Note: The post discusses rape in a very graphic manner. If you have PTSD or are squeamish about this subject, I recommend you do not read it.
I am that girl – Jane Doe – of Steubenville, OH; you know, the one who should have known better than to drink that much? At least that’s what some people say, in 2013, in our “blame the victim” culture. I was sure that’s what they’d say in 1977, my freshman year of college, which is one reason I never reported my rapist.
On a cold January night, I made the short walk from campus with a couple of other students to a frat party in town. Frat parties encourage nothing but drinking and reckless behavior, with males getting “all you can drink” for a few bucks and females getting “all you can drink” for nothing. It never occurred to me that the goal was not only to get as many females there as possible but to make sure they were inebriated.
I remember talking to a variety of people; I remember drinking a lot of beer. I remember a guy offering me a ride back to my dorm. I wasn’t in a co-ed dorm, but men were allowed in as long as they were accompanied by a female resident. I remember climbing the 2 flights of stairs to my friends’ dorm room; they were both away for the weekend. Shortly after opening the door, I told him I had to go to the restroom and would be right back.
I was naïve. I had just turned 18 a few months before, and my experience with men was limited. It never dawned on me that something bad might happen to me in that room that night. I opened the door to the room, but I didn’t see him. Then the door slammed shut.
The next minutes are somewhat of a blur; not just because it has been over 36 years, but because of the alcohol and no doubt the shock of what transpired. I remember being on my back on the floor and struggling. I remember screaming, “No! You’re hurting me! Stop!” over and over. He didn’t stop. He didn’t stop until he left me there bloodied, battered, and bewildered.
I turned the light on and could not believe the look of my friends’ light blue rug. It was red as red could be. I had been a virgin. That night I lost much more than my virginity. I lost “me,” and it would take years to find myself again. I still cannot stomach light blue carpeting.
I remember going down the hall and around the corner to a friend’s room; we may have been the only people on our floor that did not go home that weekend. I woke her up and asked her to come to the room and help me clean up. We dragged the carpet across the hall to the restroom and put it in the bathtub. I got a shower stall with my clothes still on. I don’t remember anything else from the night. I’m sure between the alcohol and the shock, I passed out.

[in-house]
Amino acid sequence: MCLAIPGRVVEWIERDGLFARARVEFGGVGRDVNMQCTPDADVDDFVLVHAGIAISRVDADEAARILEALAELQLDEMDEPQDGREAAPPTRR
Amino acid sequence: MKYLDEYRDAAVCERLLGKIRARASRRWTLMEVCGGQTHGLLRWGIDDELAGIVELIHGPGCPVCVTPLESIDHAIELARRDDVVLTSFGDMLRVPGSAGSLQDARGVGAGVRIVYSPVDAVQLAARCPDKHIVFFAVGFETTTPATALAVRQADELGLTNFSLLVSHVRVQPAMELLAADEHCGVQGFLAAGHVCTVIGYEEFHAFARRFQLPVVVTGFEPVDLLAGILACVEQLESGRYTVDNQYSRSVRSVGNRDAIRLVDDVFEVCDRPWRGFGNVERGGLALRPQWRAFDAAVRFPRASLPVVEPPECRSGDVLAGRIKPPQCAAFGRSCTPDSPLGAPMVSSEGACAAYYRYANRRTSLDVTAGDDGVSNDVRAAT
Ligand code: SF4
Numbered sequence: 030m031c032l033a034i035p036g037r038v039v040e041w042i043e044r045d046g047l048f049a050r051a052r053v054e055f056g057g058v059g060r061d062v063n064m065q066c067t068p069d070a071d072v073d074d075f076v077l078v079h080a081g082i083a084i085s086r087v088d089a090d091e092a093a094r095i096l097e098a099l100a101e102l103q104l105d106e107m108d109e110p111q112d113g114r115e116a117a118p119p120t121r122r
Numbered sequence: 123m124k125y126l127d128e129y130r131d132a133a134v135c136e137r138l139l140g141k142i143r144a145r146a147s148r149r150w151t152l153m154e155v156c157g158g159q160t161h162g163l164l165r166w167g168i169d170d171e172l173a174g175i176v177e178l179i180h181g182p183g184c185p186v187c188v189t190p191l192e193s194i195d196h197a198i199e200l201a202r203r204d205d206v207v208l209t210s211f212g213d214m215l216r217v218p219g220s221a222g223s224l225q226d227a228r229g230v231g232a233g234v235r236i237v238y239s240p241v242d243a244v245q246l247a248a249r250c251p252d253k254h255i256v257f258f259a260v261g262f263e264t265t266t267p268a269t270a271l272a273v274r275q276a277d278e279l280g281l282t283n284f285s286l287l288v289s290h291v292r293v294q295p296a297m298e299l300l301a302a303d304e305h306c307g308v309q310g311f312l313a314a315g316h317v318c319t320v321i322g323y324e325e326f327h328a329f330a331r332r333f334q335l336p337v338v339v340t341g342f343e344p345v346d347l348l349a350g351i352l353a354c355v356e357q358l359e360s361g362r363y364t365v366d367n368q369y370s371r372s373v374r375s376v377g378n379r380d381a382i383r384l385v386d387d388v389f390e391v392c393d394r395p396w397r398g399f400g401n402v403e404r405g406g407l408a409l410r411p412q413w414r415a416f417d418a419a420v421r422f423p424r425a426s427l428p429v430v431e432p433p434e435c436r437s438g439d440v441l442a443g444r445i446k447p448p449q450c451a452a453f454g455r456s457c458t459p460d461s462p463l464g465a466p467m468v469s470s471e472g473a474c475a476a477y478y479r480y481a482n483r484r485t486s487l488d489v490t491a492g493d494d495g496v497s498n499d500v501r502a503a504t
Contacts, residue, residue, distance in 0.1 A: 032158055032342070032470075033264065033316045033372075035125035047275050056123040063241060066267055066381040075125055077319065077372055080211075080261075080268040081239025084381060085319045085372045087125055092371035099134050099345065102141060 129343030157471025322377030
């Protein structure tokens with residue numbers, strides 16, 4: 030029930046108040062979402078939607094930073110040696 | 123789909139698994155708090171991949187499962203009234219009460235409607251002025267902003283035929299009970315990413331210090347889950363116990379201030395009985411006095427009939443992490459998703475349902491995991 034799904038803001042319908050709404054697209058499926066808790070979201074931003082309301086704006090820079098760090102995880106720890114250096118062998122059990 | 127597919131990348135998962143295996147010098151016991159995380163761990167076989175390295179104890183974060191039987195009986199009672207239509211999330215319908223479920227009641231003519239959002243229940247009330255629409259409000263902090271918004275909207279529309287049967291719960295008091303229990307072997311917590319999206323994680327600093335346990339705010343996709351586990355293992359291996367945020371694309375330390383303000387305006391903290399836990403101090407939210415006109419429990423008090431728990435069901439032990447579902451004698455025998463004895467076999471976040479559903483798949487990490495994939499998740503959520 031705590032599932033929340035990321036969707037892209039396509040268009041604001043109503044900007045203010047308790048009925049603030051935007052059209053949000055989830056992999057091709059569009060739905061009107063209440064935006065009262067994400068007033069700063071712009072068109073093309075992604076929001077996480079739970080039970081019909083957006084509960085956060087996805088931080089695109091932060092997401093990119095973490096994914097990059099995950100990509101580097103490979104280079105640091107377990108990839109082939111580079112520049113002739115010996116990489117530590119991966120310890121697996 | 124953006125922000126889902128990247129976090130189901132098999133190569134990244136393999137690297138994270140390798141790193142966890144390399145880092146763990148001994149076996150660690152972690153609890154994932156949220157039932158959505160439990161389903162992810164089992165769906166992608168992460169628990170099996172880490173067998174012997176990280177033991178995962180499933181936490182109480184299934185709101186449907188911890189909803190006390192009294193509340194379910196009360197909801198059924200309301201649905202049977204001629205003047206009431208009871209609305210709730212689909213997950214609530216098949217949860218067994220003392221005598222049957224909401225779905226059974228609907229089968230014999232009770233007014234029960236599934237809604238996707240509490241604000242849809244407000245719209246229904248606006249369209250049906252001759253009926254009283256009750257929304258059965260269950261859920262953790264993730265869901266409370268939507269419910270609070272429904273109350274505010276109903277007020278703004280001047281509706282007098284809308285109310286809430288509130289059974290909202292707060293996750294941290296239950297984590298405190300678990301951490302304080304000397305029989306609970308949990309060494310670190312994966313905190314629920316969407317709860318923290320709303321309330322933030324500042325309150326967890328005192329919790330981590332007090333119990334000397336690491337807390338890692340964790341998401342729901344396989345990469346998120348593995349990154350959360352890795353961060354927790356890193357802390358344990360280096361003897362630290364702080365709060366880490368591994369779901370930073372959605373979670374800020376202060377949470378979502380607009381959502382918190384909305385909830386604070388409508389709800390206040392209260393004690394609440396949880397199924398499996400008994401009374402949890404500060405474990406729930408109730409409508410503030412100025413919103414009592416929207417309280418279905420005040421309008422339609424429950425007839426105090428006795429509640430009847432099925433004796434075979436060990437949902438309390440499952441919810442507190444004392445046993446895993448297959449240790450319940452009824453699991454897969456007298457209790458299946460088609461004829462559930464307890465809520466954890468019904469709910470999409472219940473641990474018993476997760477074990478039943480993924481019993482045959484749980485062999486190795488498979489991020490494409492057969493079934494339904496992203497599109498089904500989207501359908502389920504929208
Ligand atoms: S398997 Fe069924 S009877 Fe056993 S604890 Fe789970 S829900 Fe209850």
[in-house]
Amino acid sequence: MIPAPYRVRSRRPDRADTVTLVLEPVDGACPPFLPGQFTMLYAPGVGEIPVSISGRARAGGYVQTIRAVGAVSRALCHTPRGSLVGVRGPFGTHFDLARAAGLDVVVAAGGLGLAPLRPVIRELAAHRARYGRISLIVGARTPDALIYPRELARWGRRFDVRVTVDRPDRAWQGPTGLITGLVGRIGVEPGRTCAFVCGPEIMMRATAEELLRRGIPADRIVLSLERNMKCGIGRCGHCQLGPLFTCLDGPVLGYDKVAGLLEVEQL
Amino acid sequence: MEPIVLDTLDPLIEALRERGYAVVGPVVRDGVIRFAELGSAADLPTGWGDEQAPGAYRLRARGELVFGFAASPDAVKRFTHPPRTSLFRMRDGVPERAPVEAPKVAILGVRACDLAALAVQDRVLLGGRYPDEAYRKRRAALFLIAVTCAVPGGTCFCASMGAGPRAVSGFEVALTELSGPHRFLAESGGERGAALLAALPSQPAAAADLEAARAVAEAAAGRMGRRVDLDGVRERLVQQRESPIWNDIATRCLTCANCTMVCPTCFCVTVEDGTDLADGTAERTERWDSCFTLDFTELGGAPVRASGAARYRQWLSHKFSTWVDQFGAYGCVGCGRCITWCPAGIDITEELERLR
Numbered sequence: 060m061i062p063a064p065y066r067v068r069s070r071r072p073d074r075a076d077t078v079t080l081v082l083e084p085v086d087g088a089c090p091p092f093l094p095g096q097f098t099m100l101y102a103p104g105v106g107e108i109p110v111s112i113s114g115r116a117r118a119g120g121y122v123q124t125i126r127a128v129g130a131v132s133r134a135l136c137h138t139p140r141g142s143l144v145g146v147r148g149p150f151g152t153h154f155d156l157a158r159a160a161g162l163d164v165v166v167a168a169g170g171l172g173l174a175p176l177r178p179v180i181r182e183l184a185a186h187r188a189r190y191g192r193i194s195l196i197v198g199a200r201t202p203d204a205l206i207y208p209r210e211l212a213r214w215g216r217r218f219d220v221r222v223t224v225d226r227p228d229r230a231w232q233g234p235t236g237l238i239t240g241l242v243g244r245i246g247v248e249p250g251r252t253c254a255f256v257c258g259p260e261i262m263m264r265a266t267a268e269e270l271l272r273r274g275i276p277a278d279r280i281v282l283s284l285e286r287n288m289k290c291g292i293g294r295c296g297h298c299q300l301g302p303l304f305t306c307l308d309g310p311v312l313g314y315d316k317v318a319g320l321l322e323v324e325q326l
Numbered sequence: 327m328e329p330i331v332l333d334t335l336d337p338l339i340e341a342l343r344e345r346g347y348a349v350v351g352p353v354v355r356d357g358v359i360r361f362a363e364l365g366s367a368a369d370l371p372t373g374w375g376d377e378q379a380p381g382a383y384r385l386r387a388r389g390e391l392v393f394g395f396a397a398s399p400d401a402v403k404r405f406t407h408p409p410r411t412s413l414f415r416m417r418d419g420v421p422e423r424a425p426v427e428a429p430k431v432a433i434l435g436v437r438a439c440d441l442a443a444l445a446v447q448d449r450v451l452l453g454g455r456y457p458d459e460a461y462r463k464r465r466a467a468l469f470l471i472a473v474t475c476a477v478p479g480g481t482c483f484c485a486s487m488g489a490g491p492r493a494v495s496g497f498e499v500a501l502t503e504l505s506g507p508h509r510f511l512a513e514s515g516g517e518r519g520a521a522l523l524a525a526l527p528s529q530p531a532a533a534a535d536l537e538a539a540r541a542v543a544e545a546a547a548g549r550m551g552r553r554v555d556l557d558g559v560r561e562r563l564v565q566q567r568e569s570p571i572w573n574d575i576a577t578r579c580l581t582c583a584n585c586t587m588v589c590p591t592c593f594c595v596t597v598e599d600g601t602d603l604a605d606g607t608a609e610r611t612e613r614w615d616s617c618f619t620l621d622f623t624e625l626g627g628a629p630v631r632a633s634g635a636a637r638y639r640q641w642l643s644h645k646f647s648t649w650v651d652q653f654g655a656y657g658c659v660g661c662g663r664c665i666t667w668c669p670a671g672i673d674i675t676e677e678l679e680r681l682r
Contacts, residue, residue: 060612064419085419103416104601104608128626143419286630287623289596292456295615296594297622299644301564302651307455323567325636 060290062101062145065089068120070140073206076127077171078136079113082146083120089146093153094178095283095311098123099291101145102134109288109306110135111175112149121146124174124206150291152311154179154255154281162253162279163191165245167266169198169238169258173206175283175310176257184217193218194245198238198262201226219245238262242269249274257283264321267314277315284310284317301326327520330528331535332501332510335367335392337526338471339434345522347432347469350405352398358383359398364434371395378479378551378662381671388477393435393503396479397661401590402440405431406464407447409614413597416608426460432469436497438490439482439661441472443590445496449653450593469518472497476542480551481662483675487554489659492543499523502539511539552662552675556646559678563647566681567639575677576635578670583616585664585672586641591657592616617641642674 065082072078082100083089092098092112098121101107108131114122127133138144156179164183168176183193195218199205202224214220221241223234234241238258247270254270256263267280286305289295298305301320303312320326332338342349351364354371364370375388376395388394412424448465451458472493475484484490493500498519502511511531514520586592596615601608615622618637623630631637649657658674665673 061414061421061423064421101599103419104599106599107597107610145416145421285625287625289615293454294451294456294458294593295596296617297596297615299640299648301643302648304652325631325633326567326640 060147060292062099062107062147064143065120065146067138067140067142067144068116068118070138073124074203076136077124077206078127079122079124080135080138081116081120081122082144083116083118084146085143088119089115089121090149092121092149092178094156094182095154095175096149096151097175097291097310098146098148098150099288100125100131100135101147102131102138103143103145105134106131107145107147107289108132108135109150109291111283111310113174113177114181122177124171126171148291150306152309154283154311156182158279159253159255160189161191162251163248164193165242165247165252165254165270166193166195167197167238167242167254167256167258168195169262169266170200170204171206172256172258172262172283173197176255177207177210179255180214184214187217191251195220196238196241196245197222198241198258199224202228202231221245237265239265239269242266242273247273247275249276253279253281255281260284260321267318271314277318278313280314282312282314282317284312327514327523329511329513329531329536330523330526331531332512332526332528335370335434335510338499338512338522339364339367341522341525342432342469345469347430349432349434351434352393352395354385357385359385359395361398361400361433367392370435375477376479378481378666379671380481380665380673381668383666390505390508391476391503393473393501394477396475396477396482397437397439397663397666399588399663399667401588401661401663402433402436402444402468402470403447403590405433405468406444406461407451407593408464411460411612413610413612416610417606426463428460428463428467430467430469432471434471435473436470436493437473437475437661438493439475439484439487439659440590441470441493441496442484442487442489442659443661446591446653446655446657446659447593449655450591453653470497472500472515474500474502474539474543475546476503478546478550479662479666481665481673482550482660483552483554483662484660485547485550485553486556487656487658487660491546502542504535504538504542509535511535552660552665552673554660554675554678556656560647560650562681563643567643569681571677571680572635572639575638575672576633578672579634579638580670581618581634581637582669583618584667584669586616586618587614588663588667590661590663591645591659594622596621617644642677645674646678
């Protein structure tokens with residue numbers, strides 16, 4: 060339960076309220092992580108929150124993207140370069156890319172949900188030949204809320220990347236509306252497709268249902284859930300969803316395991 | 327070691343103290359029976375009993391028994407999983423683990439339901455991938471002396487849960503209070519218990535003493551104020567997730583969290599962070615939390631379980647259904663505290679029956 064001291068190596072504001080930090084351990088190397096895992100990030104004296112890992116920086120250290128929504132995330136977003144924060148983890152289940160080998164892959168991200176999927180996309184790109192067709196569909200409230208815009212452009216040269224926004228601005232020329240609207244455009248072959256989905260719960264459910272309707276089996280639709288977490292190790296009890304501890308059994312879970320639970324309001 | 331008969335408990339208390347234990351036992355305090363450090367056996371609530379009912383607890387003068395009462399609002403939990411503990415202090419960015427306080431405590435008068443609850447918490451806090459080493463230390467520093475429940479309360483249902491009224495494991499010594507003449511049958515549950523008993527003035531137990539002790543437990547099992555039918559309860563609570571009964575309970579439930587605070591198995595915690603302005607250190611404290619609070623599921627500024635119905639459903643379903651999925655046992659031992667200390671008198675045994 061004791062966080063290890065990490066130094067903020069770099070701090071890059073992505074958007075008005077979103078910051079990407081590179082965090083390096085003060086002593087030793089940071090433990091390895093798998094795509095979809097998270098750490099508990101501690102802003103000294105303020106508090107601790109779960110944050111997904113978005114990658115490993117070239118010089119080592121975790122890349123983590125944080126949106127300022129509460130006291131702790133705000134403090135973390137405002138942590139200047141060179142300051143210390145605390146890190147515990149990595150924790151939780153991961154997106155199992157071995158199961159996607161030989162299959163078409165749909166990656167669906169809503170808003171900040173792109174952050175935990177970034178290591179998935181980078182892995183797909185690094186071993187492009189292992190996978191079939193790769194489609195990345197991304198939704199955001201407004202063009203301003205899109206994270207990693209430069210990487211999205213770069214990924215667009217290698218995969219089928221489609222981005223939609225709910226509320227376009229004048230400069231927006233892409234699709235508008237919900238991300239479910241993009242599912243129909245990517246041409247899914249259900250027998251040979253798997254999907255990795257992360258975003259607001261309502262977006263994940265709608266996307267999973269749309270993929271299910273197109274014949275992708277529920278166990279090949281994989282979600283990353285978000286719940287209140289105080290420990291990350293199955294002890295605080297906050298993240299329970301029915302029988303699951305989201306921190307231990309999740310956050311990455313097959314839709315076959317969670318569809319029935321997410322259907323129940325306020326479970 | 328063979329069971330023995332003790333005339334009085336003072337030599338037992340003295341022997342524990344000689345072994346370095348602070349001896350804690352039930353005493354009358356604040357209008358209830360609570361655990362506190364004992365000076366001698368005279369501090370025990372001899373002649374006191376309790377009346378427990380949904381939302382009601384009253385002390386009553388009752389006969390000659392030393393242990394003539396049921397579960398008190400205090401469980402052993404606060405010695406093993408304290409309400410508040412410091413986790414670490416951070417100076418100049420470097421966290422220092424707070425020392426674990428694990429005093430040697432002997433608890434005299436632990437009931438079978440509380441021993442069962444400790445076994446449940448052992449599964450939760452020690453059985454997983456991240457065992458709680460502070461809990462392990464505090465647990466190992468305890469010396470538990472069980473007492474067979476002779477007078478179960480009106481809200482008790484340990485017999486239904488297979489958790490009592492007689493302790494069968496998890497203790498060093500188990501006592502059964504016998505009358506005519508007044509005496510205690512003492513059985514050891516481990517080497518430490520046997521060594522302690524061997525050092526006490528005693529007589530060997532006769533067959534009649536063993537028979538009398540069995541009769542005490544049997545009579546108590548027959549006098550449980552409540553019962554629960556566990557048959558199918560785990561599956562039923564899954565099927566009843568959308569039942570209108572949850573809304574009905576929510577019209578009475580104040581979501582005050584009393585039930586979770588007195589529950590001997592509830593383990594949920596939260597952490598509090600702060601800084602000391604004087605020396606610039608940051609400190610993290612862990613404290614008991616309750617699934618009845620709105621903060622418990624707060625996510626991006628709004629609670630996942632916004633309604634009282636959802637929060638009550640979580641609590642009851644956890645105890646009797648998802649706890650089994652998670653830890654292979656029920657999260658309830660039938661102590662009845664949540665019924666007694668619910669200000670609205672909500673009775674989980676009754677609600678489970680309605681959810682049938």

When I woke up, my friend was there and asked if I wanted to contact the campus police. I said no. I called my aunt in New York who told me, “Tell me who he is and I’ll cut it off with a rusty knife.” My friend and I walked all over the campus Sunday. I felt everyone knew. I felt it somehow showed on my face. I was sure he told everyone he knew. I felt it was my fault. I didn’t tell my family for many years. I didn’t go to counseling for 10 years. A few months later, a softball team song reminded me it was my fault with the verses about freshmen getting raped by members of XYZ, the Greek letters of the fraternity whose jacket my rapist wore so proudly that night. It was odd to be the personification of a song.
Rape, I learned, is not about sex but about power and control. Those who are not taught about their own power are destined to be abused one way or another by those who, by their privilege, have power. Those who are taught they are superior and meant to rule over others are destined to be abusers, whether mentally, physically, spiritually, or institutionally.
The good news is, we can change our destinies. We can change our culture. Girls and women need to be taught about their own power, and boys and men need to be taught that the opposite gender are not only their equals, but their sisters in Christ.